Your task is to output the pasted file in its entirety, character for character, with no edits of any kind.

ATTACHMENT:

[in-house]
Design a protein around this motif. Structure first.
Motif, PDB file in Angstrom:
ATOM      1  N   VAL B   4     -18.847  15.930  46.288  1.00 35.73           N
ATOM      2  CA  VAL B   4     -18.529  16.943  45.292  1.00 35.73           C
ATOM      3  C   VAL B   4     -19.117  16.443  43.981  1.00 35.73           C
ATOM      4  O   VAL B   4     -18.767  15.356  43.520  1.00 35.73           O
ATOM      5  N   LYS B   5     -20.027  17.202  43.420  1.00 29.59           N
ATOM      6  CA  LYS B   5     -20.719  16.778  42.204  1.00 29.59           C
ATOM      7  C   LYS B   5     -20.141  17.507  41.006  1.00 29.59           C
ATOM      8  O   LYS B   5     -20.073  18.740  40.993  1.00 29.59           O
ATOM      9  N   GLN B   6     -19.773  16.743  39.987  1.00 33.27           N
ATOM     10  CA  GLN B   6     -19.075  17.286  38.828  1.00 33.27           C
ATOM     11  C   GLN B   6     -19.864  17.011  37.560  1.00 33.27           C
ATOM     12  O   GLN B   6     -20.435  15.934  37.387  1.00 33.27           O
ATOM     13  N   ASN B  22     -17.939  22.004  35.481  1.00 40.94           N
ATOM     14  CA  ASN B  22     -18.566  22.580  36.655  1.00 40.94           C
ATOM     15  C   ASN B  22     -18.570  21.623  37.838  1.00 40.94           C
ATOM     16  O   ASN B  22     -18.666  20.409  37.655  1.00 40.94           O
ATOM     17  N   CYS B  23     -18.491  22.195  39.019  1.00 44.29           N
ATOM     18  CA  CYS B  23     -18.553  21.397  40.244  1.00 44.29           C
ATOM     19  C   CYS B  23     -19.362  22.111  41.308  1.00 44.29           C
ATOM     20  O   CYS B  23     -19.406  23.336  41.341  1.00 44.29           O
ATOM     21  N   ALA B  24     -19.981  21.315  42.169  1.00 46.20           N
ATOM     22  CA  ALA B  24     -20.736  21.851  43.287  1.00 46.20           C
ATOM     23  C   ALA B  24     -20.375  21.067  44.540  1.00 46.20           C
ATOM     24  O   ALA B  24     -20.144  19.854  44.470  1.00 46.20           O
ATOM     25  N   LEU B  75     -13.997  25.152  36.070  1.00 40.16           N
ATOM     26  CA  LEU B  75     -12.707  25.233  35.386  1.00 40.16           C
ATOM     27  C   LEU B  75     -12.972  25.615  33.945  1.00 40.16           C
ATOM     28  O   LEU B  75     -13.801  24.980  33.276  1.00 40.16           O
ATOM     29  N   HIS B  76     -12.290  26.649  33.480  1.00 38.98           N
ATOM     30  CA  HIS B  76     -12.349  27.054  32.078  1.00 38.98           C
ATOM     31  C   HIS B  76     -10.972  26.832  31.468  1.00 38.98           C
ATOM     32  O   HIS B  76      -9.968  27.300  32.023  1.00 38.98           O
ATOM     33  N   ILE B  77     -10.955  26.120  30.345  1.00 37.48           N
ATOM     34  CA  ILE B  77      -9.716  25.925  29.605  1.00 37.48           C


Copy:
[in-house]
Design a protein around this motif. Structure first.
Motif, PDB file in Angstrom:
ATOM      1  N   VAL B   4     -18.847  15.930  46.288  1.00 35.73           N
ATOM      2  CA  VAL B   4     -18.529  16.943  45.292  1.00 35.73           C
ATOM      3  C   VAL B   4     -19.117  16.443  43.981  1.00 35.73           C
ATOM      4  O   VAL B   4     -18.767  15.356  43.520  1.00 35.73           O
ATOM      5  N   LYS B   5     -20.027  17.202  43.420  1.00 29.59           N
ATOM      6  CA  LYS B   5     -20.719  16.778  42.204  1.00 29.59           C
ATOM      7  C   LYS B   5     -20.141  17.507  41.006  1.00 29.59           C
ATOM      8  O   LYS B   5     -20.073  18.740  40.993  1.00 29.59           O
ATOM      9  N   GLN B   6     -19.773  16.743  39.987  1.00 33.27           N
ATOM     10  CA  GLN B   6     -19.075  17.286  38.828  1.00 33.27           C
ATOM     11  C   GLN B   6     -19.864  17.011  37.560  1.00 33.27           C
ATOM     12  O   GLN B   6     -20.435  15.934  37.387  1.00 33.27           O
ATOM     13  N   ASN B  22     -17.939  22.004  35.481  1.00 40.94           N
ATOM     14  CA  ASN B  22     -18.566  22.580  36.655  1.00 40.94           C
ATOM     15  C   ASN B  22     -18.570  21.623  37.838  1.00 40.94           C
ATOM     16  O   ASN B  22     -18.666  20.409  37.655  1.00 40.94           O
ATOM     17  N   CYS B  23     -18.491  22.195  39.019  1.00 44.29           N
ATOM     18  CA  CYS B  23     -18.553  21.397  40.244  1.00 44.29           C
ATOM     19  C   CYS B  23     -19.362  22.111  41.308  1.00 44.29           C
ATOM     20  O   CYS B  23     -19.406  23.336  41.341  1.00 44.29           O
ATOM     21  N   ALA B  24     -19.981  21.315  42.169  1.00 46.20           N
ATOM     22  CA  ALA B  24     -20.736  21.851  43.287  1.00 46.20           C
ATOM     23  C   ALA B  24     -20.375  21.067  44.540  1.00 46.20           C
ATOM     24  O   ALA B  24     -20.144  19.854  44.470  1.00 46.20           O
ATOM     25  N   LEU B  75     -13.997  25.152  36.070  1.00 40.16           N
ATOM     26  CA  LEU B  75     -12.707  25.233  35.386  1.00 40.16           C
ATOM     27  C   LEU B  75     -12.972  25.615  33.945  1.00 40.16           C
ATOM     28  O   LEU B  75     -13.801  24.980  33.276  1.00 40.16           O
ATOM     29  N   HIS B  76     -12.290  26.649  33.480  1.00 38.98           N
ATOM     30  CA  HIS B  76     -12.349  27.054  32.078  1.00 38.98           C
ATOM     31  C   HIS B  76     -10.972  26.832  31.468  1.00 38.98           C
ATOM     32  O   HIS B  76      -9.968  27.300  32.023  1.00 38.98           O
ATOM     33  N   ILE B  77     -10.955  26.120  30.345  1.00 37.48           N
ATOM     34  CA  ILE B  77      -9.716  25.925  29.605  1.00 37.48           C